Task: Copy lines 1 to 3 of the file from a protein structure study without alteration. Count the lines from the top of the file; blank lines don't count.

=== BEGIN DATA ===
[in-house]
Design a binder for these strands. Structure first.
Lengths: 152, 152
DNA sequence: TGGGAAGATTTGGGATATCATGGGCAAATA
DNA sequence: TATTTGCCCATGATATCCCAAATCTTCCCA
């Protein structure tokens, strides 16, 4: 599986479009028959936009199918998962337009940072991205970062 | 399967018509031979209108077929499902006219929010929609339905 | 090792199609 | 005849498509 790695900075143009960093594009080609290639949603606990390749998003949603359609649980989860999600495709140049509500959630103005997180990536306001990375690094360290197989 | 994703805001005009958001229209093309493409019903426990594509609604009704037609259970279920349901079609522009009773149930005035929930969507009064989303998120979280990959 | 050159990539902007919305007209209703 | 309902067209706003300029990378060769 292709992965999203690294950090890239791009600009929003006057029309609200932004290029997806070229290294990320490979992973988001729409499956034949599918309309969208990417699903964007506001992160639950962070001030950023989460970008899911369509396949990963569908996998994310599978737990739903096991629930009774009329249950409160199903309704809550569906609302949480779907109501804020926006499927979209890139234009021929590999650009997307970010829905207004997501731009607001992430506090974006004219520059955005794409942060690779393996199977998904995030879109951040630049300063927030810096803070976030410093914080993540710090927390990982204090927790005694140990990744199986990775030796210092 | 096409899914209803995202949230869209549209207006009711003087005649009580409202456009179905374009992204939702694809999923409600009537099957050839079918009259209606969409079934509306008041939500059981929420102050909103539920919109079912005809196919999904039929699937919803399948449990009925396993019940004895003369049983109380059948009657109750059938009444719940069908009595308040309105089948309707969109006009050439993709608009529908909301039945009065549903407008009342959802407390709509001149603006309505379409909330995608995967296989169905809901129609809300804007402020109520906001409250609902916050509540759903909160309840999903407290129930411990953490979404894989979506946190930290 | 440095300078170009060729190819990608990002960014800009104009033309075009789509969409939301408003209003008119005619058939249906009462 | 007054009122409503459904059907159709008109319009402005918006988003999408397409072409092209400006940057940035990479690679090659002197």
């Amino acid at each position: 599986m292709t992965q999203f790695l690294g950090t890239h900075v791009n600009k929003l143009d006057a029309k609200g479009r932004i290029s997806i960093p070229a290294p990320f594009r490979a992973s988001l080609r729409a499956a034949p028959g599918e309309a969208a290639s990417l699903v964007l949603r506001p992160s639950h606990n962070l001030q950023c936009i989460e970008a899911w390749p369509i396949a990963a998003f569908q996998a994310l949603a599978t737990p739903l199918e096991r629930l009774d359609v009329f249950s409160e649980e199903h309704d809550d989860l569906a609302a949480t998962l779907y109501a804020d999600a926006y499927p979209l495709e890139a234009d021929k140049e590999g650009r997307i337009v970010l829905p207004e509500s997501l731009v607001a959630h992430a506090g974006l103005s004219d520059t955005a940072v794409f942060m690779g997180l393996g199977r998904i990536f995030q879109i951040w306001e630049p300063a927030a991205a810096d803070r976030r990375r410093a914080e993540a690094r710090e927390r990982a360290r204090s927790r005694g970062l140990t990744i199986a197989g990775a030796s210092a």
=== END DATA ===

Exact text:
[in-house]
Design a binder for these strands. Structure first.
Lengths: 152, 152